Author Archives: Rohini Bannerjee

Rohini Bannerjee

About Rohini Bannerjee

Rohini Bannerjee is an Associate Professor in the Department of Modern Languages & Classics and is a Faculty member of the Asian Studies, Women and Gender Studies and International Development Studies programs at Saint Mary’s University in Halifax, Nova Scotia. Born and raised in Dartmouth, NS, Rohini holds a Bachelor of Science in Biology and French and a Masters Degree in French Literature from Dalhousie University and in 2006 earned her Doctorate in French Studies from Western University. Her primary area of research is in Francophone Literatures and Cultures of the Indian Ocean.

Busting Bollywood and
Aged Cumin

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Busting Bollywood — A Ghazal

Fair, light, gori gori of course.
Mukherjee Sunderji is she.
Vibrations and hips in sync.
Unnatural crimson is she.

You are so young. You are so ripe.

Cinema lights are bright and bold.
Dalit untouchable is she.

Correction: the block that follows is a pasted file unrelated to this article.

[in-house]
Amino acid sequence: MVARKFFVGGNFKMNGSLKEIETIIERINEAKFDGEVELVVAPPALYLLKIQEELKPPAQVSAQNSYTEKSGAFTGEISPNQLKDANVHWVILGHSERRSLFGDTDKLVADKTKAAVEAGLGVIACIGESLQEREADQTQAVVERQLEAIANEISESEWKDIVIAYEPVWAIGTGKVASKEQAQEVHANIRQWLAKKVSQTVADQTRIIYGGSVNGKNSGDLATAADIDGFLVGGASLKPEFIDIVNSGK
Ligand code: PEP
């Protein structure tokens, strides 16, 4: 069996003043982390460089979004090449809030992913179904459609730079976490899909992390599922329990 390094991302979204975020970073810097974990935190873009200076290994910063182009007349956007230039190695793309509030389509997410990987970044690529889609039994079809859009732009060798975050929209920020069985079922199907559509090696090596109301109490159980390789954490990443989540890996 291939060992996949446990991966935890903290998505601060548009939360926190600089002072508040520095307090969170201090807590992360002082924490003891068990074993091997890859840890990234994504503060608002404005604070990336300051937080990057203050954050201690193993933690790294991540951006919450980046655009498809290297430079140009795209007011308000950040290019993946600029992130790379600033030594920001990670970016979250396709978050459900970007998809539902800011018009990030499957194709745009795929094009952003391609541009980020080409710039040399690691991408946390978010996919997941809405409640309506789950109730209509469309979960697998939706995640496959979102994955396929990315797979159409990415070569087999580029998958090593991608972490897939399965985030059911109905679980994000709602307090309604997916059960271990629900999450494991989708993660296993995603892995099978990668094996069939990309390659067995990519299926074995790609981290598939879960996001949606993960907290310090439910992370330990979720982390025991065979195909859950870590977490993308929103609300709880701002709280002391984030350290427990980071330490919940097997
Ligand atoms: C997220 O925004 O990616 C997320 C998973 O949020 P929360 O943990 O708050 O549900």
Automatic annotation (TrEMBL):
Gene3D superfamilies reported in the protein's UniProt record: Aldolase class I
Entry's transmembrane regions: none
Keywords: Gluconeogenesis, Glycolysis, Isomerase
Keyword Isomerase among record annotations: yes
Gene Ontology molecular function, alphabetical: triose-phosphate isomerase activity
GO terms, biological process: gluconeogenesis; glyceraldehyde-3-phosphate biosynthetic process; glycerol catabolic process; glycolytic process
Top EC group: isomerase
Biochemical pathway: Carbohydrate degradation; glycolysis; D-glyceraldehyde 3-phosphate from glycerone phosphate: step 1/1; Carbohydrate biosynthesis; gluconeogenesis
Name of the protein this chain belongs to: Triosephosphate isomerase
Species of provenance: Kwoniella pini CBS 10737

Unbutton more, the director nudges.
Hijra with henna hands is she.

You look so young. You are a peach.

Say no this time.
You can refuse.
Lips are sealed. No kissing. Body is rock is she.

You are a doll. You are an angel.

One more take and scene is rough.
Playback singer Bollywood glam.
Tickets sold. Masala snacks in hand.
It will be all worth it.

A young starlette is born.


Galaxy by Sherry Lynn Jollymore


Aged Cumin — A Ghazal

I use the mortar that grinds his scent from my neck.
Grind and crush away the Old Spice of his sweat.
Oil, ghee, sweet rice and green cardamom, elaichi, together.
The pan is hot and ready.

I am aging. I am of age.

I hide the spatula once again. He can no longer use it on me.
I know better. I know where to hide, to hide it, to hide me.
Of all my lust trapped in this kitchen, my hair will not be pulled.
When I burn the biryani or over-salt the kebabs, his mirchi fingers become a fist.

I have wisdom. I am ready.

Bruises are never black, my mother reminds me.
Bruises are sometimes blue, my father tells me.
The tandoor is not in use anymore, my heart knows this.
The bleeding stopped last year when the sweating never ended.

I will not mourn any more lost babies.

Bleeding lip and turmeric to hide the scars, my grandmother once told me.
I have no fresh cumin anymore. Rancid zeera, no flavour, just blackish seeds in a jar.
With my throbbing chest, with my breasts, I feel.
I will not be torn anymore.

I am aging. I am of age.

Rub the mango. I share the seeds. Grind it fresh, for my daughter and her daughter.
Garam Masala in the rogan josh.
He bites and eats and savours it and is pleased. Satiation.
He will not complain about it anymore.

I have aged.